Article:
The hadith, which is considered authentic and trustworthy, was narrated by Abu Hamza al-Thumali, who was a sincere companion of the Imam. The meticulous and profound insight provided by the Imam in this treatise reflects his deep-rooted understanding of Islamic values and his commitment to upholding them.
The Treatise on Rights is a timeless masterpiece that continues to inspire generations of Muslims worldwide. Its significance lies in its comprehensive and concise guidance on the essential human virtues that serve as a foundation for a just and prosperous society. Therefore, this treatise remains a crucial text for those seeking to understand and apply Islamic ethics and morality in their lives.
For an English translation of this treatise, click here.
The Traits of Imam Zayn al-‘Abidin
As previously mentioned, the Imam possessed an intense devotion to his faith and exuded remarkable piety and virtue. Moreover, his compassion and kindness, especially towards those in need, were truly exceptional. In a manner akin to the other Imams before and after him, he actively engaged in the noble acts of providing assistance to the destitute and nourishing the hungry.
The Imam also remained acutely mindful of his father’s martyrdom and sufferings. His poignant remembrances were evoked whenever provisions were brought forth. Tears would flow unabatedly as he remembered his father’s hunger at Karbala whenever food was offered, and his father’s thirst would be brought to mind whenever water was brought to quench the thirst of others. The slaughter of animals also triggered profound grief in the Imam as he wept over his father’s sacrifice and martyrdom.
When questioned regarding the intensity of his emotions towards his father’s memory, the Imam would reply with a heartfelt sentiment. He would say, “Jacob wept for Joseph so much that he lost his eyesight, even though Joseph’s fate was unknown. They killed my father, family, and relatives right before my eyes. Why should I not weep for him?” Therefore, it was only natural that he mourned for his father with the utmost sincerity and ardor.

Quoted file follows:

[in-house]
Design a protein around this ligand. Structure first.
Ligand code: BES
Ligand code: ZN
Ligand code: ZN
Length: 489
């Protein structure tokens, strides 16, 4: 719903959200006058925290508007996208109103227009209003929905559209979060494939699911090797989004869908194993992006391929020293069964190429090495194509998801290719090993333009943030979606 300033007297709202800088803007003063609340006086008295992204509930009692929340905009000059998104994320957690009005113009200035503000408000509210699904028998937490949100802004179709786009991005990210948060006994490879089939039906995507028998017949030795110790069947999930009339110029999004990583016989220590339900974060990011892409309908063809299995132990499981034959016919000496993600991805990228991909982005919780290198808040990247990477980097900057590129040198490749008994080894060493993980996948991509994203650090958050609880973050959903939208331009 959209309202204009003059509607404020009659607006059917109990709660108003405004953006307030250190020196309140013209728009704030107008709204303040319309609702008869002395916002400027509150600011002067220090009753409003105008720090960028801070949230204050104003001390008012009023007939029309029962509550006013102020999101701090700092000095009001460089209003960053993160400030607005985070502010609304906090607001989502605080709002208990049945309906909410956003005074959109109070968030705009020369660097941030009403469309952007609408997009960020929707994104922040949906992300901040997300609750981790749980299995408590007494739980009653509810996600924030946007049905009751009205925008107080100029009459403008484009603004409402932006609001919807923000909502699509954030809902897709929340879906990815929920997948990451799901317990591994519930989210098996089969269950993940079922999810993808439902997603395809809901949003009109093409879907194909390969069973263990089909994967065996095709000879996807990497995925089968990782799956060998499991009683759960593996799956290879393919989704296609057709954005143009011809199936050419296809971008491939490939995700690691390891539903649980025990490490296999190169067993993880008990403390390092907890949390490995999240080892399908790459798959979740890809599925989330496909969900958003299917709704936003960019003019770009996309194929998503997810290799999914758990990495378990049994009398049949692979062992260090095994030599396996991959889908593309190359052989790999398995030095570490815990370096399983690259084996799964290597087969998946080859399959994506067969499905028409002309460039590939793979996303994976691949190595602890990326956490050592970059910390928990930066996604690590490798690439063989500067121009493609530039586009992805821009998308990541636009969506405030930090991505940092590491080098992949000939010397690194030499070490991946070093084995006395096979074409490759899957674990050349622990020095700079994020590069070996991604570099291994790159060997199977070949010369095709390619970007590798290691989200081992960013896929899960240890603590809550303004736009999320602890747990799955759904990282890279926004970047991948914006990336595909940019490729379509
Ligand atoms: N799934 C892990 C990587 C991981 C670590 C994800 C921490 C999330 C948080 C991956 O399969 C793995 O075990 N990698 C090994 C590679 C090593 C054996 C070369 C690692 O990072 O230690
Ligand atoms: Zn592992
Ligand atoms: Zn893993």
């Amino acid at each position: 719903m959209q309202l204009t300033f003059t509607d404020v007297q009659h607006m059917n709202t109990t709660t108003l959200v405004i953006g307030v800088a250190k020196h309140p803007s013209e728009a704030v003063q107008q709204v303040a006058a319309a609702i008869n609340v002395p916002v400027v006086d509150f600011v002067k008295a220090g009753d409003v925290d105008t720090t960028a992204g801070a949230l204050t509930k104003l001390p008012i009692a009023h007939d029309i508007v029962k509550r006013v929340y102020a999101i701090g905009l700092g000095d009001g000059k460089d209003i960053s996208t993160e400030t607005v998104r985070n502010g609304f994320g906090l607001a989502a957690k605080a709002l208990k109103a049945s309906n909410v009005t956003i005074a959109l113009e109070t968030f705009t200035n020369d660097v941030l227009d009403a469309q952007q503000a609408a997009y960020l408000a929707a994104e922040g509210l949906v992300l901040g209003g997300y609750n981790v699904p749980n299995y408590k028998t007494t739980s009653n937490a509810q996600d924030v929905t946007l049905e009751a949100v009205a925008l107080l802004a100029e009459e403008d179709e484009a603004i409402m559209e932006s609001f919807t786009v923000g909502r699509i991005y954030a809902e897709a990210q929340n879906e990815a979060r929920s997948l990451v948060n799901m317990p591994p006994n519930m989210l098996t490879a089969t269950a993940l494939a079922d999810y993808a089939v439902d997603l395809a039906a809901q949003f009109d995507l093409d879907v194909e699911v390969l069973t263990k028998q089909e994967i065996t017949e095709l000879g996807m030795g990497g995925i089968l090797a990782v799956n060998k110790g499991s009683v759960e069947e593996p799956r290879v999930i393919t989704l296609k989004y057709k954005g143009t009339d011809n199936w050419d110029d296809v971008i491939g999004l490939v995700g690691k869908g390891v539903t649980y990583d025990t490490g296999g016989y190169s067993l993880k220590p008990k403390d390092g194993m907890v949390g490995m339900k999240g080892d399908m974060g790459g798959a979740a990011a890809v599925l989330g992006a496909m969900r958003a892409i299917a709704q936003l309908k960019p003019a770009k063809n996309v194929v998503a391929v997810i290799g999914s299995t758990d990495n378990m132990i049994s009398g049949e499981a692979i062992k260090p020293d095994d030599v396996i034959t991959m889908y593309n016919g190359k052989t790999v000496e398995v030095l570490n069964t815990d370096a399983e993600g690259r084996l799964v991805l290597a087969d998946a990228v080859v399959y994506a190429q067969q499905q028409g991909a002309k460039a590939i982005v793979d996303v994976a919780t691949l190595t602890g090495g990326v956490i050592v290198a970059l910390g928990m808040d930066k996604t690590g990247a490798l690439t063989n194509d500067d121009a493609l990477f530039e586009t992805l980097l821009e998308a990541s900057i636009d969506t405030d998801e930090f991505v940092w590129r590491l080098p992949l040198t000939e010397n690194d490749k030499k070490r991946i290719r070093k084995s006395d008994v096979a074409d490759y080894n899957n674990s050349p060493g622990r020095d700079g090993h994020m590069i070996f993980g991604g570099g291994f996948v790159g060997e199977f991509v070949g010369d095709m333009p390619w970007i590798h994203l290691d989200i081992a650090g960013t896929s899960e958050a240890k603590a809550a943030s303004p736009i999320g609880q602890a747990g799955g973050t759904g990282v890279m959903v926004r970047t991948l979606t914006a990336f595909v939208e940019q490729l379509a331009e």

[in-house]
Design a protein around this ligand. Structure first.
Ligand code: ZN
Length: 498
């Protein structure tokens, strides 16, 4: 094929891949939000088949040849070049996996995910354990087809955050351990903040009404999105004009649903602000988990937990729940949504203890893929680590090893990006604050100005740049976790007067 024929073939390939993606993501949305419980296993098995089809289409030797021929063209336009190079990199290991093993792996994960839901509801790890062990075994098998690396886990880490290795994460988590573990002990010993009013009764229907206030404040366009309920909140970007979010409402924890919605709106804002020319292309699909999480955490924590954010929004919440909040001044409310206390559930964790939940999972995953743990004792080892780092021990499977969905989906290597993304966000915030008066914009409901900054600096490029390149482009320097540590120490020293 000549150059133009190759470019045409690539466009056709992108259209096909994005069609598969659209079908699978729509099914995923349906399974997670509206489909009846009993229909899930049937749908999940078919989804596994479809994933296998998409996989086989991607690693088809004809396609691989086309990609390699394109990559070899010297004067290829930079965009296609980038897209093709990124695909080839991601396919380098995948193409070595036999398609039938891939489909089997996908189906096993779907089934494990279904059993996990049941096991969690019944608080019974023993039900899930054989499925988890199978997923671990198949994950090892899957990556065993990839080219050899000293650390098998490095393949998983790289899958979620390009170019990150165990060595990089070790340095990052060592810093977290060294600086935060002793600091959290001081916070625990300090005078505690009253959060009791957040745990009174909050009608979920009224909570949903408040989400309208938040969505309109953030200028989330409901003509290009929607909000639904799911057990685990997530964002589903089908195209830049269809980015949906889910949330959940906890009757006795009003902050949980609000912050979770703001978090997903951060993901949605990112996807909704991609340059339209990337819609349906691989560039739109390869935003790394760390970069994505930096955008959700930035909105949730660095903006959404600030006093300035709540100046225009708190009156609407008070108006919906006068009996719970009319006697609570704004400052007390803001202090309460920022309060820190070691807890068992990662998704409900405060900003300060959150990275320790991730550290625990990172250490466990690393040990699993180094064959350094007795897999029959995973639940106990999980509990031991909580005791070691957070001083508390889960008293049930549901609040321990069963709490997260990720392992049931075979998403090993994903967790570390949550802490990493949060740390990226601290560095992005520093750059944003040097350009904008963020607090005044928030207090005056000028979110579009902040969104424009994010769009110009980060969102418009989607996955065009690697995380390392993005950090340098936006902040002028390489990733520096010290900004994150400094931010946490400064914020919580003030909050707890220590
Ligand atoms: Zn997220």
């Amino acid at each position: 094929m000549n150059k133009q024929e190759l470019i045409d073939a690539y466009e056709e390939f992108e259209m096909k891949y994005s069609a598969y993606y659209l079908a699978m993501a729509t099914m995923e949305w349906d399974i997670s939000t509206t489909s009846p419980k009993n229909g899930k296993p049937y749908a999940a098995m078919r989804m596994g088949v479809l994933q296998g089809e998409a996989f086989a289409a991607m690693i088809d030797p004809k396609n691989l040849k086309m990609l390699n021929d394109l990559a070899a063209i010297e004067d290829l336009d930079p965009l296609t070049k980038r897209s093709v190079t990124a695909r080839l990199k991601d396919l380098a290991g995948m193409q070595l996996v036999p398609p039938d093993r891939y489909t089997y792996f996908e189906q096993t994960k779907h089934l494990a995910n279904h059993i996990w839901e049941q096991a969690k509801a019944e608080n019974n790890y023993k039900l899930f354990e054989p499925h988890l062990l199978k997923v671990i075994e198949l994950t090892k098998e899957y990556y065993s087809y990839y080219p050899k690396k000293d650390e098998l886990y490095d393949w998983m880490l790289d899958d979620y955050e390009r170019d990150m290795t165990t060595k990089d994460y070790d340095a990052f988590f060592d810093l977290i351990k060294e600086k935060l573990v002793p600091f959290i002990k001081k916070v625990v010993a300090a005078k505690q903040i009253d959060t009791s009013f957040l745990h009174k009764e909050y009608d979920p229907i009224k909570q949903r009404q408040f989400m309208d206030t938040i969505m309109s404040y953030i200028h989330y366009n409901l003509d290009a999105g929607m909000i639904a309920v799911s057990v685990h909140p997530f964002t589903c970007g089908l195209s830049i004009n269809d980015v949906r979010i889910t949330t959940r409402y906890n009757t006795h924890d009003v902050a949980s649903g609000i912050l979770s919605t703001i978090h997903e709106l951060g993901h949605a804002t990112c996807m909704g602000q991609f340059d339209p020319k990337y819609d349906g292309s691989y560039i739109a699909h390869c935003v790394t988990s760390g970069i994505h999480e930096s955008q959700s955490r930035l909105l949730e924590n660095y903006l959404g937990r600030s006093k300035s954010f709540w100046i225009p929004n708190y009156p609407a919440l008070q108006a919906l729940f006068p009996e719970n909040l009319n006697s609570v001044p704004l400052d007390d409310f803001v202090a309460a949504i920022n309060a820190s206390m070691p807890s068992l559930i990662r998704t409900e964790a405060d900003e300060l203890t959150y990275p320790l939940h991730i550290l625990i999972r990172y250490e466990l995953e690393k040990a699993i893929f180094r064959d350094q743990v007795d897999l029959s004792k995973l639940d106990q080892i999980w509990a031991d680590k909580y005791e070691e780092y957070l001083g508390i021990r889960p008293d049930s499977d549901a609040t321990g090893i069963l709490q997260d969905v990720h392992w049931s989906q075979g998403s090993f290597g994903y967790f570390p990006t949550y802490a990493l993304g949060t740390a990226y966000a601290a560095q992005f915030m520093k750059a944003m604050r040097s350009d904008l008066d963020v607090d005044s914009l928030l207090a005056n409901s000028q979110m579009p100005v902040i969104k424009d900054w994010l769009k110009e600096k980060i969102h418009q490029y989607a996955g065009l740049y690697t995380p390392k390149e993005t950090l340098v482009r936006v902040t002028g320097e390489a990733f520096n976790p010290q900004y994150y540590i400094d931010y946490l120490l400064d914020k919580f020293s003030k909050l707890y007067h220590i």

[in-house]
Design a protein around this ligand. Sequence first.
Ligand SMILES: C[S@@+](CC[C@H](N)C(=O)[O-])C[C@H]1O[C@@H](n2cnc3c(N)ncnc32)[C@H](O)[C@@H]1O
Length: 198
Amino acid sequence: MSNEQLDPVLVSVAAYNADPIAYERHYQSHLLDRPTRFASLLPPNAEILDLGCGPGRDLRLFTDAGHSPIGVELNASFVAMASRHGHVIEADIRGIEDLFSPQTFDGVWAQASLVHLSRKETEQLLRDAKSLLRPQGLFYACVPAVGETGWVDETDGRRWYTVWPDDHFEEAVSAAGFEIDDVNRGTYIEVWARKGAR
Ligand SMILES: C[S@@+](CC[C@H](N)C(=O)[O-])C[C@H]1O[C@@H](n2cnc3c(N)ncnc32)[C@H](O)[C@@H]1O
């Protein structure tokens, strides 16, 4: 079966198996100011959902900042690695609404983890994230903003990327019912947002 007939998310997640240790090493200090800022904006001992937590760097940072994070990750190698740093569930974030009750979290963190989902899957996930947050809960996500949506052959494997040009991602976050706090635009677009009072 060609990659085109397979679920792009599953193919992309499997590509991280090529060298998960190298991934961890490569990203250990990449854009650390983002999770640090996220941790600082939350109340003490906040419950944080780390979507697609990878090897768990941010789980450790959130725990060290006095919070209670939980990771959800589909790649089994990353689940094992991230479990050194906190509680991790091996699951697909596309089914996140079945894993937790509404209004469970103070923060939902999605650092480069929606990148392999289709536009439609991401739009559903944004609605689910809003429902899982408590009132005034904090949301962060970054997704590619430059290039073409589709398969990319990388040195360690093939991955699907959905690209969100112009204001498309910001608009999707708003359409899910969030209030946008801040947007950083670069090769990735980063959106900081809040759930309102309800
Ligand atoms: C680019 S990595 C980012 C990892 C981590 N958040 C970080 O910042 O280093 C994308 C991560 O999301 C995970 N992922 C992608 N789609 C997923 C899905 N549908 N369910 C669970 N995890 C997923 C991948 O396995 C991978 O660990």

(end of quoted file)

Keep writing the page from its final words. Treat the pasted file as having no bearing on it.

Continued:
Imamate of Imam Zayn al-‘Abidin
Imam Zayn al-‘Abidin, the noble scion of the Ahlul Bait (a), ascended to the exalted position of imamate following the tragic martyrdom of his father, the revered Imam al-Hussain (a), in the year 61 AH. Although he was present in the fateful battleground of Karbala, his fragile physical state was such that he could hardly traverse its treacherous terrain. It was the divine decree that his infirmity would safeguard the imamate, ensuring its continuity and preservation.
Thus, the esteemed Imam Zayn al-‘Abidin remained at the Shia community’s helm for 33 or 34 years until his martyrdom in the year 94 or 95 AH.
The Imam’s martyrdom occurred in Medina, where he lived under the oppressive rule of the Umayyad Caliphate. The Imam, who was revered for his piety, knowledge, and generosity, remained a thorn in the side of the Umayyads, who saw him as a threat to their illegitimate rule.
Imam al-Sajjad’s martyrdom resulted from a poisonous plot hatched by Walid ibn Abdul Malik, the Umayyad Caliph at the time. Walid was known for his animosity toward the Imam and saw him as a significant threat to his illegitimate rule. To eliminate this perceived threat, Walid ordered the poisoning of the Imam’s food, which ultimately led to his martyrdom. His holiness was buried in the Baqi‘ cemetery in Medina, next to his uncle, Imam al-Hassan (a).